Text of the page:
As an educator for 22 years in the state of New Jersey, I have had the pleasure of doing what I love - each and every day. I am reminded of the joy that my vocation brings to me when I leaf through a box in my home’s bookshelf. It is the letters from my students, for the past 22 years, thanking me for offering my time, not during my contractual hours, but after school: to discuss a novel with them that they were reading for pleasure during a book club; to review a routine with them for a color guard and dance competition; to prepare a synchronized dance for the school talent show; to take part in volunteering my time, after a long day of teaching, from 5:30-10:00 at night, at a football game - spirit colors on from head to toe, cowbell strung around my neck to make noise for the touchdowns, prepared and ready to cheer on the football team from the snack stands -pretzels in hand - and hand-in-hand with friends and colleagues.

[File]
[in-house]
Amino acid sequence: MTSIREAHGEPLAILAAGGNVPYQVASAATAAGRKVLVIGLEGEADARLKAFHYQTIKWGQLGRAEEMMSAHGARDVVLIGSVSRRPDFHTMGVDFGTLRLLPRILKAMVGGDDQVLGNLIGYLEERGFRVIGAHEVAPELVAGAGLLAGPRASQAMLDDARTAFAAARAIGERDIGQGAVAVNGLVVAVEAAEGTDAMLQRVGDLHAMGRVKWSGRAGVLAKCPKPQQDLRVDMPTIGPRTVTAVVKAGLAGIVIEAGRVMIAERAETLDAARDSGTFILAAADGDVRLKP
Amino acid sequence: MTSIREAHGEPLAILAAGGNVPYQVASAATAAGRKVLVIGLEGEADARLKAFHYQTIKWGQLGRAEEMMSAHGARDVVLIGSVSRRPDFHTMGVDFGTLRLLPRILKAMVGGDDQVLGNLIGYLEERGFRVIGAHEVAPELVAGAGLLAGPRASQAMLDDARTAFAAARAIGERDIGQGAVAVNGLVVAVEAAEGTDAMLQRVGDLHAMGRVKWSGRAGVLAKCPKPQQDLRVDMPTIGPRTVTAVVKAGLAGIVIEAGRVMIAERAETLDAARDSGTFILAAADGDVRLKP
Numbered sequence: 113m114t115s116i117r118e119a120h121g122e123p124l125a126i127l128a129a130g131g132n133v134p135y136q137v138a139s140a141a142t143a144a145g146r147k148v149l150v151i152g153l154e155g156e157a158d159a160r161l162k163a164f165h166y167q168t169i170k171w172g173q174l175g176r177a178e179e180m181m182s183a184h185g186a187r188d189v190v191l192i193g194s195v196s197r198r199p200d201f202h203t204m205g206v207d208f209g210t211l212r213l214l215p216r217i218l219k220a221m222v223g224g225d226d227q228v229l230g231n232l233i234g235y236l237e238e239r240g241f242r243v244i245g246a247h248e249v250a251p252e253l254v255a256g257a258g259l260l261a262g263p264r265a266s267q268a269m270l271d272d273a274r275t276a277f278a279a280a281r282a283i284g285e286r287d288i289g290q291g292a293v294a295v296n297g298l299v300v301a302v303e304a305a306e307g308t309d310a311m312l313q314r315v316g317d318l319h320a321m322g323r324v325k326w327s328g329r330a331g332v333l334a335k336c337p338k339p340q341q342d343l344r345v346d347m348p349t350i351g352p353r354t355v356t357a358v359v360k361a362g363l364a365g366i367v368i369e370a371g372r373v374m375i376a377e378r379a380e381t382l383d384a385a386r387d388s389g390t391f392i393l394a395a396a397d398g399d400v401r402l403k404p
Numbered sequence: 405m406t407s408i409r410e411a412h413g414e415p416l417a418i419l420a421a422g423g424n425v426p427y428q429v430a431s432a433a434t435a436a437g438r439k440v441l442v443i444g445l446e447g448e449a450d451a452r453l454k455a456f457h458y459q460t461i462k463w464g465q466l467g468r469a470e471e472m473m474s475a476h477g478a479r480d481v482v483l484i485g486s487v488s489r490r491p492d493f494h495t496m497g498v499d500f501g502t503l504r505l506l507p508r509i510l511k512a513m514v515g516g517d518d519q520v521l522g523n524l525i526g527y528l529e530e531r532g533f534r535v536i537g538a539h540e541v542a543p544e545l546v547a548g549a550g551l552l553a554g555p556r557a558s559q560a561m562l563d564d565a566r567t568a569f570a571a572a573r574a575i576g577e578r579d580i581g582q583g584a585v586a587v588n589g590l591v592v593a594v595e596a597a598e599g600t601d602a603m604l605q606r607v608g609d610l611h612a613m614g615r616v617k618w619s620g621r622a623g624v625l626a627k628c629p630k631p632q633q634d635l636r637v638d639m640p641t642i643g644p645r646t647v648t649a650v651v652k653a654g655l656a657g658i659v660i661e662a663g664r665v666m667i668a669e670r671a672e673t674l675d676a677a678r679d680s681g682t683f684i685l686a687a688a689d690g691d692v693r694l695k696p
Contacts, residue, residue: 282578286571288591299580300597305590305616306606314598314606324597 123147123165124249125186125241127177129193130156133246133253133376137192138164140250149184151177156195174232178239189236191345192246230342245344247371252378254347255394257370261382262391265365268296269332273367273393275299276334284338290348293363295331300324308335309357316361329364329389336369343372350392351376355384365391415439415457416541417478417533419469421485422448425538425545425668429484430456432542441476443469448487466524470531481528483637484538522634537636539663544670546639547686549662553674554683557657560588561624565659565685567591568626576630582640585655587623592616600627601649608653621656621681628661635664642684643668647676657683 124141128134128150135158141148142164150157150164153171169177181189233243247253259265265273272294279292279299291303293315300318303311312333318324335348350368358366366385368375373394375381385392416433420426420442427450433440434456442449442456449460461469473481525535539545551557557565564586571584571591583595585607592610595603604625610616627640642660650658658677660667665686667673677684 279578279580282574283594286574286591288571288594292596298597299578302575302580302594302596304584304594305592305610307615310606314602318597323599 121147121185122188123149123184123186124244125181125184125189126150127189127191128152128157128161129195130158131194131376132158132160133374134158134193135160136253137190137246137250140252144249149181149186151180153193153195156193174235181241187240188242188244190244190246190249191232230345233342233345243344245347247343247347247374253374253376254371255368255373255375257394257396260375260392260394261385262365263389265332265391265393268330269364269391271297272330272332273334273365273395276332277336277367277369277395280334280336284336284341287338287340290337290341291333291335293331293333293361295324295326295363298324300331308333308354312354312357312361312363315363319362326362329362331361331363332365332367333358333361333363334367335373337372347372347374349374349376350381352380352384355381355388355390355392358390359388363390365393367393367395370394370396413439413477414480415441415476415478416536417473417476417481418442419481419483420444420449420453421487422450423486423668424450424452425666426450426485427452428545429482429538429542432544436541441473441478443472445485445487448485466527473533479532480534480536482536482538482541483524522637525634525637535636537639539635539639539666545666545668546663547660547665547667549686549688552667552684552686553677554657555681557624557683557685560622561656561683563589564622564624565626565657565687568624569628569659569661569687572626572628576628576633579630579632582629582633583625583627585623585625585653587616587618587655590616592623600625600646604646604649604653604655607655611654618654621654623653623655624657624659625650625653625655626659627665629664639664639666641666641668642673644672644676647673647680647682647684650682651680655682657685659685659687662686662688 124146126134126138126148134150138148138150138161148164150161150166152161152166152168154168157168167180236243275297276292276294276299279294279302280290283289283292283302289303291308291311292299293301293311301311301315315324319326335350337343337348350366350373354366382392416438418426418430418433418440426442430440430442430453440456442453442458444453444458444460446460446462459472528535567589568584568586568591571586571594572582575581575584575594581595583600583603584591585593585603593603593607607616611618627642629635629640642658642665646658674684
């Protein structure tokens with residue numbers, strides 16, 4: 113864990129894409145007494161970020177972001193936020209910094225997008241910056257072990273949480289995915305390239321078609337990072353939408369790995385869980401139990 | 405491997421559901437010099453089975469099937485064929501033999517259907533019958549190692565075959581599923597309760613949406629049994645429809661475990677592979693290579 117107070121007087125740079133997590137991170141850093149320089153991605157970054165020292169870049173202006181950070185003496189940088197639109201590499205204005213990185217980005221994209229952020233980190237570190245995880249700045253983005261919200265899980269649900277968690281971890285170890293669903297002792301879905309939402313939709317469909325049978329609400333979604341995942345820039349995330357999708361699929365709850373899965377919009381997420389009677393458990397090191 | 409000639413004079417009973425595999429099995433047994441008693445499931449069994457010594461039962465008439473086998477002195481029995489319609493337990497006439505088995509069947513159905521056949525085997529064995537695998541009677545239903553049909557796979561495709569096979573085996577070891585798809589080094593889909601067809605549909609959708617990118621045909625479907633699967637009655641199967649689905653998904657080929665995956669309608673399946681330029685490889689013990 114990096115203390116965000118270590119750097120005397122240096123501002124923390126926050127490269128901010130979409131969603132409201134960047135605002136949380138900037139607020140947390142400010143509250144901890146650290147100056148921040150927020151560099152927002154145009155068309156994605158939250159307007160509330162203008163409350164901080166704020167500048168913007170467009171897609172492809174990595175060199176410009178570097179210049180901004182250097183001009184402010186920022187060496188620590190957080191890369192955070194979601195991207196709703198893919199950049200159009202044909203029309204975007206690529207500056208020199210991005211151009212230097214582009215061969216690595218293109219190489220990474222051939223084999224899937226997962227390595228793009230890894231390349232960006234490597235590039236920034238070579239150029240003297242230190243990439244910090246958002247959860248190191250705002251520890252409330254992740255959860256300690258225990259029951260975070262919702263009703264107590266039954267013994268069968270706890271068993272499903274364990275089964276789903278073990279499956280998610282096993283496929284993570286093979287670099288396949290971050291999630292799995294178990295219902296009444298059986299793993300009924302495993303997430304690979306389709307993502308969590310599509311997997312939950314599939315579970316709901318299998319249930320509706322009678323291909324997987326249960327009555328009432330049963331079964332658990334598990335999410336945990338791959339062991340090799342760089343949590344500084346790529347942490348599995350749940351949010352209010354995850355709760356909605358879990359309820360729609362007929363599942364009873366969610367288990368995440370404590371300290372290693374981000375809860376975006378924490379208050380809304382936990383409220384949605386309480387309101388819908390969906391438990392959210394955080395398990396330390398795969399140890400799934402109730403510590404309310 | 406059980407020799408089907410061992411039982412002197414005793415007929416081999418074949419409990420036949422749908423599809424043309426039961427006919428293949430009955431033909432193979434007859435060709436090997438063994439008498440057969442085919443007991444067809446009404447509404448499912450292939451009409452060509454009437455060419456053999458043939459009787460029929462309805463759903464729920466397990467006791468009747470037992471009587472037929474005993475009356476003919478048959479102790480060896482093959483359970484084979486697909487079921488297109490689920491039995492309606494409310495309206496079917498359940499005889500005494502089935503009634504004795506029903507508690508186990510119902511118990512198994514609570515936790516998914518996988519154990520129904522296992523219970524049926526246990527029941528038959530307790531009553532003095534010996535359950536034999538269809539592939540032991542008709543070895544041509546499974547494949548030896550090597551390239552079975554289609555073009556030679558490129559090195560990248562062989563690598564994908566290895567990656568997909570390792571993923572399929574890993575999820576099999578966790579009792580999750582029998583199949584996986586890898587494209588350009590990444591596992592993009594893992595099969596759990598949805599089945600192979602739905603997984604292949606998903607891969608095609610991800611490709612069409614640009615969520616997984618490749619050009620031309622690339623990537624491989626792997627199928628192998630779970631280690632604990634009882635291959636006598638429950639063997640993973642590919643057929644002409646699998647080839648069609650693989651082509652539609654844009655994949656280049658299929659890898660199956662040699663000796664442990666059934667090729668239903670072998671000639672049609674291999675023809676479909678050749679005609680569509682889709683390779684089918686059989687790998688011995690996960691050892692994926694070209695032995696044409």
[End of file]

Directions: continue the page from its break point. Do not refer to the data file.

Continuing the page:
In the absence of our after school programs, clubs, and sports, our district will ultimately suffer a definitive, deplorable, and depressing demise. Once again, Governor Murphy, consider the handmade quilt. If one patch of the quilt is removed, it affects the whole: your choices are affecting the whole district, the whole community, the whole child.

Thank you for your time.

Jennifer Goodwin

A teacher, a parent, an aunt, a graduate, and a community member of Toms River Regional Schools